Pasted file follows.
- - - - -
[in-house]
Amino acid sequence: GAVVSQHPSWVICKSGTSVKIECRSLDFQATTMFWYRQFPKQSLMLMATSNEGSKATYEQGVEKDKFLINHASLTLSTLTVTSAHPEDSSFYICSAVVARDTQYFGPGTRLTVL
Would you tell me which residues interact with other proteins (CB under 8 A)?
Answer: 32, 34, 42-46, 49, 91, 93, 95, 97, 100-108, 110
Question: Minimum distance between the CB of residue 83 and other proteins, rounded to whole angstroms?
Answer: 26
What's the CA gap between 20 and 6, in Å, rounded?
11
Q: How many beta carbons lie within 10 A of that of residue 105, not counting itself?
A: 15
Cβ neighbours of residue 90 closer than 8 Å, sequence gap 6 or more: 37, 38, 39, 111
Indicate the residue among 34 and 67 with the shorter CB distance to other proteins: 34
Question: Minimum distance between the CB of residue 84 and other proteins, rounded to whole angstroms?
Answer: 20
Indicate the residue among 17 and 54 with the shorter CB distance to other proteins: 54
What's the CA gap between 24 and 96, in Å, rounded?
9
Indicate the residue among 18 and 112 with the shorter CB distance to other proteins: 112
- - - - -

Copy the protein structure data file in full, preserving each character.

[in-house]
Amino acid sequence: GAVVSQHPSWVICKSGTSVKIECRSLDFQATTMFWYRQFPKQSLMLMATSNEGSKATYEQGVEKDKFLINHASLTLSTLTVTSAHPEDSSFYICSAVVARDTQYFGPGTRLTVL
Would you tell me which residues interact with other proteins (CB under 8 A)?
Answer: 32, 34, 42-46, 49, 91, 93, 95, 97, 100-108, 110
Question: Minimum distance between the CB of residue 83 and other proteins, rounded to whole angstroms?
Answer: 26
What's the CA gap between 20 and 6, in Å, rounded?
11
Q: How many beta carbons lie within 10 A of that of residue 105, not counting itself?
A: 15
Cβ neighbours of residue 90 closer than 8 Å, sequence gap 6 or more: 37, 38, 39, 111
Indicate the residue among 34 and 67 with the shorter CB distance to other proteins: 34
Question: Minimum distance between the CB of residue 84 and other proteins, rounded to whole angstroms?
Answer: 20
Indicate the residue among 17 and 54 with the shorter CB distance to other proteins: 54
What's the CA gap between 24 and 96, in Å, rounded?
9
Indicate the residue among 18 and 112 with the shorter CB distance to other proteins: 112